South Africa’s national minimum wage is due for its annual review by the National Minimum Wage Commission.
In a recent government gazette (9 September), interested parties were called upon to make recommendations to the commission, which it will consider before compiling a report that will play a significant role in determining the annual adjustment to the national minimum wage.
The government most recently updated South Africa’s minimum wage on 1 March 2022, with the amount set at R23.19 for each ordinary hour worked, representing an increase of 6.9% from the minimum wage set in 2021.
The next adjustment is set to be implemented in March 2023. The previous increase was above inflationary levels; however, since then, inflation has skyrocketed – vastly changing market conditions.
According to Cliffe Dekker Hofmeyr, the commission is likely to take into account the following factors when recommending its new minimum wage:
- Inflation, the cost of living and the need to retain the value of the minimum wage;
- Wage levels and collective bargaining outcomes;
- Gross domestic product;
- The ability of employers to carry on their businesses successfully;
- The operation of small, medium or micro-enterprises and new enterprises;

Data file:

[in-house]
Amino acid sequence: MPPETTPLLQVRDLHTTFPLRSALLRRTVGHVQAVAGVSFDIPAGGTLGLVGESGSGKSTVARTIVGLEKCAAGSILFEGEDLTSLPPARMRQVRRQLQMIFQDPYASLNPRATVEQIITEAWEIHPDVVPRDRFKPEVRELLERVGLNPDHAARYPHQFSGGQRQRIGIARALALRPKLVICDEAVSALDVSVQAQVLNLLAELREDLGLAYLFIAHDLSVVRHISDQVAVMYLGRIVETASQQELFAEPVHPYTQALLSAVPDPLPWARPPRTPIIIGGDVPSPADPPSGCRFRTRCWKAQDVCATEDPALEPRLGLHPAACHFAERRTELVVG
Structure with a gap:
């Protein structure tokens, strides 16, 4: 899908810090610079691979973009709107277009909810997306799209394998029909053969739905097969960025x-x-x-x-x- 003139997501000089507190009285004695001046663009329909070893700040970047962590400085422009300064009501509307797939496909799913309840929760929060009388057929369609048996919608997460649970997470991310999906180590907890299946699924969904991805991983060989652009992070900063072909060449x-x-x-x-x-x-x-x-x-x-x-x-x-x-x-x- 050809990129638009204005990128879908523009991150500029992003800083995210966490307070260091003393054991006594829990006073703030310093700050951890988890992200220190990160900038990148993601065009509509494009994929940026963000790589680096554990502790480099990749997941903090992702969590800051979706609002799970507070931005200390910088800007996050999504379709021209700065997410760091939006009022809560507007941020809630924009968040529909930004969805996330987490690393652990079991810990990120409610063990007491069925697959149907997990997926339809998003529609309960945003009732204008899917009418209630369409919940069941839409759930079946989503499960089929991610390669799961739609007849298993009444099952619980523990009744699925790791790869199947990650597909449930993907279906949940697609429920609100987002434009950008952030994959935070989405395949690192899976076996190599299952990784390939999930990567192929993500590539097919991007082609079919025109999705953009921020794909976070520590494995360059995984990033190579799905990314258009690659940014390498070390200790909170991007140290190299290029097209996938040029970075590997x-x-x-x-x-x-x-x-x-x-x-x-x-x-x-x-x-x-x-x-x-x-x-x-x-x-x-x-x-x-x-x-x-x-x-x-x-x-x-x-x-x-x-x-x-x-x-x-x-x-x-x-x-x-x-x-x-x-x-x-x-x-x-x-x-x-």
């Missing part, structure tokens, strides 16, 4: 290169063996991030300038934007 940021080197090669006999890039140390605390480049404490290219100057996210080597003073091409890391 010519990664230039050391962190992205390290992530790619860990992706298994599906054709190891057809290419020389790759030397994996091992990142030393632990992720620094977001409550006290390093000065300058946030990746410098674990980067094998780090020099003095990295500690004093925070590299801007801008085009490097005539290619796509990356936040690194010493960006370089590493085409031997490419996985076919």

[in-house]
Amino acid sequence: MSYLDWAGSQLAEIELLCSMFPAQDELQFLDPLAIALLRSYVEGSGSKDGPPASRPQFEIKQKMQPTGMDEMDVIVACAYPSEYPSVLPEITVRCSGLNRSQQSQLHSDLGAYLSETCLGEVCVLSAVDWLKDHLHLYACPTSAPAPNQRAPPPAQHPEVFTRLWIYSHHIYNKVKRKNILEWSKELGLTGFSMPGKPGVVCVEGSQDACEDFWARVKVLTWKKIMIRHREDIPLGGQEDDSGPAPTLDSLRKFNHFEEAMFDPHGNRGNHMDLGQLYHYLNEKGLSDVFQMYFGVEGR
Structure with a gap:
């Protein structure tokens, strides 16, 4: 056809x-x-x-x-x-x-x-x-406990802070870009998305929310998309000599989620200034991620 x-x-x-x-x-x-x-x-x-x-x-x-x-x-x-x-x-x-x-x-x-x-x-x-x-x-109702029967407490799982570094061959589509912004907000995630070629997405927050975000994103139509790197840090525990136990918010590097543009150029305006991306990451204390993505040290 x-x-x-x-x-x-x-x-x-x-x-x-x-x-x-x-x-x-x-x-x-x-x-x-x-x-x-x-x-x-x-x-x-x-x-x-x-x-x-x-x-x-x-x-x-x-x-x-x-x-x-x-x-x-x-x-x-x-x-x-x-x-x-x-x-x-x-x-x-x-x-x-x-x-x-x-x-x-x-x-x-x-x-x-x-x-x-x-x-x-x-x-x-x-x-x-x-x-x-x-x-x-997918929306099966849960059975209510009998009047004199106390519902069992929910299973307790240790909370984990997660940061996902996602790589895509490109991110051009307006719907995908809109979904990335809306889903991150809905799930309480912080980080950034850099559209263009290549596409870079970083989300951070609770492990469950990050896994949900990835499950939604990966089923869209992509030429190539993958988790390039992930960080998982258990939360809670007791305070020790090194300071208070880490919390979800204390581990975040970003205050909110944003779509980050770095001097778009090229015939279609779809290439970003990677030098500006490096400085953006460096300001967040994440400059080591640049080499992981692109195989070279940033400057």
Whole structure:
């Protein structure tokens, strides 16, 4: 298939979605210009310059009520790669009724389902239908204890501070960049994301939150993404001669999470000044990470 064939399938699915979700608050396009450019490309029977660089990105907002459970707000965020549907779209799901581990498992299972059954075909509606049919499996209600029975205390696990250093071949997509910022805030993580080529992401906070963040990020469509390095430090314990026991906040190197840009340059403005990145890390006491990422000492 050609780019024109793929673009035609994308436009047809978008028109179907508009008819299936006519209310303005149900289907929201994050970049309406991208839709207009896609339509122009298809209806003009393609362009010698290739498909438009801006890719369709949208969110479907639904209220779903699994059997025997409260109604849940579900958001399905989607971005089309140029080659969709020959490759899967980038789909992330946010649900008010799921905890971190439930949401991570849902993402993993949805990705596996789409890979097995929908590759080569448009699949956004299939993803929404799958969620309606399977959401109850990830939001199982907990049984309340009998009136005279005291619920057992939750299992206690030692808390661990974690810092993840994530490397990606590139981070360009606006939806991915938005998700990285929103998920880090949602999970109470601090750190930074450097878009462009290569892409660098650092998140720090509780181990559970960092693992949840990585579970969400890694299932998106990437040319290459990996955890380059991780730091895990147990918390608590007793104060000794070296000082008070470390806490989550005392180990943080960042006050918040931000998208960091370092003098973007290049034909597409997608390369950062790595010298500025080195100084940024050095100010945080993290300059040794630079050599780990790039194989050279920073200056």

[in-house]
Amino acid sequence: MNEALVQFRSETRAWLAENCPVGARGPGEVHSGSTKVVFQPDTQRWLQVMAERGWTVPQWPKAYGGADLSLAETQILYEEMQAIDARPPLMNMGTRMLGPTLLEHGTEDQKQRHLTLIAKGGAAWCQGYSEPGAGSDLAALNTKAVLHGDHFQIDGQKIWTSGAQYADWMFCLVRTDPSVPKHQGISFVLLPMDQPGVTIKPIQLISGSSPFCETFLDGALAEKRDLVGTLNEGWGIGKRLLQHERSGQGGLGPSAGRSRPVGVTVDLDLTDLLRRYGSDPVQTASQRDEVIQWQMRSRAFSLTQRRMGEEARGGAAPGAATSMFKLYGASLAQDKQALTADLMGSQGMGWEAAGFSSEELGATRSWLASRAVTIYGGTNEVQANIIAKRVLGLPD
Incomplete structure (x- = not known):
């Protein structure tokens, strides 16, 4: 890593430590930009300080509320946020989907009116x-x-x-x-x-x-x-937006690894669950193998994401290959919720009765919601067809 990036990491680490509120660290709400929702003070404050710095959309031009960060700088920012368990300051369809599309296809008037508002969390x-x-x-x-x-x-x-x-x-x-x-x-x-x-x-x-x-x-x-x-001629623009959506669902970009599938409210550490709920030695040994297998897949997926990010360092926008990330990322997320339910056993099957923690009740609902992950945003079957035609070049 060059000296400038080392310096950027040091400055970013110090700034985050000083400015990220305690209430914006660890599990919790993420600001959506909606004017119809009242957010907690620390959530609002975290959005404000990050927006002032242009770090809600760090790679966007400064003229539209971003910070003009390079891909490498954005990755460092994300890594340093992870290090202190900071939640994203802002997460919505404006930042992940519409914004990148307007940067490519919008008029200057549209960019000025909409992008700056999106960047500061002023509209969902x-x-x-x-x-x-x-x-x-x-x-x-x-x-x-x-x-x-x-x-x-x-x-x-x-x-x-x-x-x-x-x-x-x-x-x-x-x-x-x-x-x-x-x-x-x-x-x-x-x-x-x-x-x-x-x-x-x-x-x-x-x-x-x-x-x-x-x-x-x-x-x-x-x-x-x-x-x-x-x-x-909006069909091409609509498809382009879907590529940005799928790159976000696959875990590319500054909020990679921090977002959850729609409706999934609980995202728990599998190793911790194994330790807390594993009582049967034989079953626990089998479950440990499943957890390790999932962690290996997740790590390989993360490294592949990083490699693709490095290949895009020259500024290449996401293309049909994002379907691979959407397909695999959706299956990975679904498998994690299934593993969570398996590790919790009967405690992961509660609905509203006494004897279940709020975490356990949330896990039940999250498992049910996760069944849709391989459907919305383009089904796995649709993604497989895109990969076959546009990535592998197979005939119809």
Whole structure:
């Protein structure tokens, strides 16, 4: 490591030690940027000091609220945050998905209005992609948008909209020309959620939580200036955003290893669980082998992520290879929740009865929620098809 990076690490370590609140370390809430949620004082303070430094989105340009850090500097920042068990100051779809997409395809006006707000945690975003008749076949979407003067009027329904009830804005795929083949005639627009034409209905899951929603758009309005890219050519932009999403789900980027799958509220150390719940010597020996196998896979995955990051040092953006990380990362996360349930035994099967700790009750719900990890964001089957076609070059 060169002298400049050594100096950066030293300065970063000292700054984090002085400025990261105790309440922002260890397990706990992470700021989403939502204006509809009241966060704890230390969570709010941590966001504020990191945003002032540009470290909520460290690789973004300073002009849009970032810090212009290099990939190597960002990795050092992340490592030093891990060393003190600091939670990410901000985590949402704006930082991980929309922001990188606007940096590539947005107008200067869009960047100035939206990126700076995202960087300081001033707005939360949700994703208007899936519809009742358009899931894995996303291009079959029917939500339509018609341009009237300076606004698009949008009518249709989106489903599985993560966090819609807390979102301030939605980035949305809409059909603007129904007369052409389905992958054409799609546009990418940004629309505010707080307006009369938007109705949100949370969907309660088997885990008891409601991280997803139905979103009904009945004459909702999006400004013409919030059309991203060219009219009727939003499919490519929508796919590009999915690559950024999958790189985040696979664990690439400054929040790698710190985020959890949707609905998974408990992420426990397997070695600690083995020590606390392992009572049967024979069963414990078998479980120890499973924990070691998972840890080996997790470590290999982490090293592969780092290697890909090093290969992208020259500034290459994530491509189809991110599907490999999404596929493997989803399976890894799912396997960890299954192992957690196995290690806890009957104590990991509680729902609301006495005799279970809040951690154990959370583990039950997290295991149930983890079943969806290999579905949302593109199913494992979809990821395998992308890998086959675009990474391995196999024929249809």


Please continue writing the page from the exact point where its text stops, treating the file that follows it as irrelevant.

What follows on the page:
- The likely impact of the recommended adjustment on employment or the creation of employment; and
- Any other relevant factor.
This invitation is, among other things, a chance for South African businesses to provide input into a decision that has a far-reaching impact, said Cliffe Dekker Hofmeyr.
“It is widely known that the majority of South Africans are suffering from poor socio-economic conditions, a concern which shall certainly be prevalent in the commission’s recommendations.”
“An increase in the national minimum wage, that is above the rate of inflation will provide South Africans with more spending power which will be redirected into the economy.”
Given the fact that salaries are usually the largest expenses on a business’s books, a substantial increase will have a ripple effect that may create the need for restructuring and retrenchments, said Cliffe Dekker Hofmeyr.
This is particularly important at a time when businesses are still feeling the effects of Covid-19 and have yet to enter into a recovery phase.
Once the Commission’s report has been published with its recommendations visible to the public, interested parties shall receive another opportunity to make further written representations, which will be considered by the Minister of Employment and Labour together with the Commission’s report, said Cliffe Dekker Hofmeyr.